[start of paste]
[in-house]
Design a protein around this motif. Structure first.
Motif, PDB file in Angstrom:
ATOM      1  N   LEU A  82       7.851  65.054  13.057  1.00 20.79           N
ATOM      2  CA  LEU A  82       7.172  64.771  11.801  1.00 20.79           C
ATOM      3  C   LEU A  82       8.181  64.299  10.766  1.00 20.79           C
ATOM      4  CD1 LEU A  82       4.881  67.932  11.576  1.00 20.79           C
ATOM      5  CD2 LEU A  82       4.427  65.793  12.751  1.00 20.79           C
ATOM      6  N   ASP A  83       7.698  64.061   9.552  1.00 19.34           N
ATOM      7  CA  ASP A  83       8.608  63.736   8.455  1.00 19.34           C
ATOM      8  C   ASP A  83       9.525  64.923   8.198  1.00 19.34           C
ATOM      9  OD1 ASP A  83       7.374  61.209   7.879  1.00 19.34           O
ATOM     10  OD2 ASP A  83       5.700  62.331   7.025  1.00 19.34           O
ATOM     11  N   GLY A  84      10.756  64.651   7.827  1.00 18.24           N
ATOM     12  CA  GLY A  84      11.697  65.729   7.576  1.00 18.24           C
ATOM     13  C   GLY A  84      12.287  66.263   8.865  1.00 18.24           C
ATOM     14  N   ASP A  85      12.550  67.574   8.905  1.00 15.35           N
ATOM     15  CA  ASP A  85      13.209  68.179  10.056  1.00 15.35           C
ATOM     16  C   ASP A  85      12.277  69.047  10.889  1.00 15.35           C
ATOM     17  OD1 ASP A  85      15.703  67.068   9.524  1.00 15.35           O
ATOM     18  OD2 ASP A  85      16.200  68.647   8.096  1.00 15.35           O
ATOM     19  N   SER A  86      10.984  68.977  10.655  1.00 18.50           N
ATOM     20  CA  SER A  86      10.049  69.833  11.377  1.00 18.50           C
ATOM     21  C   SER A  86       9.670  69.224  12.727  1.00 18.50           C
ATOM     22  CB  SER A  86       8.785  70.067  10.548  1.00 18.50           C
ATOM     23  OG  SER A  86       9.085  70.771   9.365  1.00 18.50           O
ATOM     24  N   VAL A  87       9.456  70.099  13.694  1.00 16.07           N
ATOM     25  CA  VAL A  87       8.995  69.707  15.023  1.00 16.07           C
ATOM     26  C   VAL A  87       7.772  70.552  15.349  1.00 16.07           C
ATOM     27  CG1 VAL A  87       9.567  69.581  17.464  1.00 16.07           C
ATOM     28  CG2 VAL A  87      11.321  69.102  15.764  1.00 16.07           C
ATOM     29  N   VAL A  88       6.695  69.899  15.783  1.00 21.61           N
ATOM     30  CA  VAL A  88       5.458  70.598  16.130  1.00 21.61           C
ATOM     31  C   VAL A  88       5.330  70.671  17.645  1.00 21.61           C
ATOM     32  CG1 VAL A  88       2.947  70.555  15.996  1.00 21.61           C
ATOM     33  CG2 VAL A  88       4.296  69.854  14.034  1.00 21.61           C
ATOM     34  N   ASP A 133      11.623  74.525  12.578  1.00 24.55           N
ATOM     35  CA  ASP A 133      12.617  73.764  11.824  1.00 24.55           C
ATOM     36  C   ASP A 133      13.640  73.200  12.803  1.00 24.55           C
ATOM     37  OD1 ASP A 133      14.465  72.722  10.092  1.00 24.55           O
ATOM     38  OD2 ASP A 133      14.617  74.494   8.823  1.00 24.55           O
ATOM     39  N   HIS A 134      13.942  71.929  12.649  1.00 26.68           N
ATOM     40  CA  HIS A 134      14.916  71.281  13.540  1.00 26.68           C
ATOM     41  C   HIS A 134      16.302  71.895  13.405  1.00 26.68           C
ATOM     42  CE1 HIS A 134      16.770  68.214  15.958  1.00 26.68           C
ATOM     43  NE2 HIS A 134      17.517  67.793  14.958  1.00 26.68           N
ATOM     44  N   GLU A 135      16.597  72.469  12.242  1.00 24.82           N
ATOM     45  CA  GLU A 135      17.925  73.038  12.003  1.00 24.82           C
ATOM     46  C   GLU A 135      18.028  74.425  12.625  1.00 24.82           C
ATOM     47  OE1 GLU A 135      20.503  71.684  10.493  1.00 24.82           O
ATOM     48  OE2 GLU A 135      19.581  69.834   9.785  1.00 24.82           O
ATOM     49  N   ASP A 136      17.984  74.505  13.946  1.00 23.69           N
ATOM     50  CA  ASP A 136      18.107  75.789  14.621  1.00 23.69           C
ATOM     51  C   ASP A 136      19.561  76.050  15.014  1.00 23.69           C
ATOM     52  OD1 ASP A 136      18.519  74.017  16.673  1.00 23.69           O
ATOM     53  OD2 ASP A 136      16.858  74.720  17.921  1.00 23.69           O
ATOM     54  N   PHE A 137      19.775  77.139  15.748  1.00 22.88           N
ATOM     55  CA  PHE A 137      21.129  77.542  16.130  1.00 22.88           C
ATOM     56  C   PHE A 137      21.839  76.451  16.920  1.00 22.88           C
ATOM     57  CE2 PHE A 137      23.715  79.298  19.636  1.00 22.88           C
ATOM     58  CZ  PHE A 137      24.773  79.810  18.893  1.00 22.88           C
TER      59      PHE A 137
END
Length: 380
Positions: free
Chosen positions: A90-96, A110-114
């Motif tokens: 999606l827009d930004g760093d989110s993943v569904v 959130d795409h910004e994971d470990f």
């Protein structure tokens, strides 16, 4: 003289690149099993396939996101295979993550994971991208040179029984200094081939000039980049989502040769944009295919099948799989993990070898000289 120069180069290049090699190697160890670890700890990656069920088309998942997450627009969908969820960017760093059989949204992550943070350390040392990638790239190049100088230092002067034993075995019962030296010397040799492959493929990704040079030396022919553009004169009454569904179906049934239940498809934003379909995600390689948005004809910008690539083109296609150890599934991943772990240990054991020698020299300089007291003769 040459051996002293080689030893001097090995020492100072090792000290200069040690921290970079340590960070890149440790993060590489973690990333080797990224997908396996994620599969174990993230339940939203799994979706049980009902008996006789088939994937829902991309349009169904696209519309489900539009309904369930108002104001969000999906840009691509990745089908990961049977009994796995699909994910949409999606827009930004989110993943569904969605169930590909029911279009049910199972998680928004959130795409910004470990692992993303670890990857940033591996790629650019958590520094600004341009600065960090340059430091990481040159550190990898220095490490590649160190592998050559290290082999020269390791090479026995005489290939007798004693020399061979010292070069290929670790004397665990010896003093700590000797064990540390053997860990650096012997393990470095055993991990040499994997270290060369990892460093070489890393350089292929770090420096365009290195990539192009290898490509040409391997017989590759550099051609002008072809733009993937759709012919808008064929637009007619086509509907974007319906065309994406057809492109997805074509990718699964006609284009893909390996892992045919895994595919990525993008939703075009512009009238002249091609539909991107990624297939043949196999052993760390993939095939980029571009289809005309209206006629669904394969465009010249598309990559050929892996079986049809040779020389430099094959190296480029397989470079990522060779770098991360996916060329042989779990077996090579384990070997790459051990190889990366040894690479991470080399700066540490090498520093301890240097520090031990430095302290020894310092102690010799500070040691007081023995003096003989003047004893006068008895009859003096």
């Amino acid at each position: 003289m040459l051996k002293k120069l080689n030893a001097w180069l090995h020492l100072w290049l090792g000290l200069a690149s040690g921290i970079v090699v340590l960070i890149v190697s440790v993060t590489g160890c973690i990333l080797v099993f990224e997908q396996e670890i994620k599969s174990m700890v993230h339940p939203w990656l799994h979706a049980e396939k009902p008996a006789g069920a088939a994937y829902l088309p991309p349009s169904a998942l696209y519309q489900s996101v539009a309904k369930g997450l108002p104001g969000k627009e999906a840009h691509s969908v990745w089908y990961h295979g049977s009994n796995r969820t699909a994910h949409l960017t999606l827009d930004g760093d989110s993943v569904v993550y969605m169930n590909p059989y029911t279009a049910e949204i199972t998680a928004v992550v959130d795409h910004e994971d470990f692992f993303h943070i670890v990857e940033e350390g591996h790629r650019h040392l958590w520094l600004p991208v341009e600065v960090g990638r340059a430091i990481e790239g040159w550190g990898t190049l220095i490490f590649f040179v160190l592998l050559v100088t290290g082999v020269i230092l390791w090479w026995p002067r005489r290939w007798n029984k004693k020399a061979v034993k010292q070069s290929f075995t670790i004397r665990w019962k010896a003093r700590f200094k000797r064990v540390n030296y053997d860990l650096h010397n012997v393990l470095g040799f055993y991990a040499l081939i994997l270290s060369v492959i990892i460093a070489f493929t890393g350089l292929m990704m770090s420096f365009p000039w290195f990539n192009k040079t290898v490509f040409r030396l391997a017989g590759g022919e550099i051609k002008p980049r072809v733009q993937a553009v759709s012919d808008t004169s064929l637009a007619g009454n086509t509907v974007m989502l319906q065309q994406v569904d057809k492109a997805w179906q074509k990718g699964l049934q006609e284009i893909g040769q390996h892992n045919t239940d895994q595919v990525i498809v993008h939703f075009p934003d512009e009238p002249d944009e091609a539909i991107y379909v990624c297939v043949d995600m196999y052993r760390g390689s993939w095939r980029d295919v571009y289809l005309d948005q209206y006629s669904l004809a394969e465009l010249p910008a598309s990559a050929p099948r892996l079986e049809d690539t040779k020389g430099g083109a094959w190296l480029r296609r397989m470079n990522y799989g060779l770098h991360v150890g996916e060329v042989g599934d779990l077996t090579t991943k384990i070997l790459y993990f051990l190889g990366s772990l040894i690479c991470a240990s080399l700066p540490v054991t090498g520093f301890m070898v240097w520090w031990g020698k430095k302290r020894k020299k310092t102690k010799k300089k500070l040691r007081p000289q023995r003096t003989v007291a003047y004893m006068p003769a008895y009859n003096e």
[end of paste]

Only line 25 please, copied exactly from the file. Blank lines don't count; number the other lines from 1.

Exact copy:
ATOM     22  CB  SER A  86       8.785  70.067  10.548  1.00 18.50           C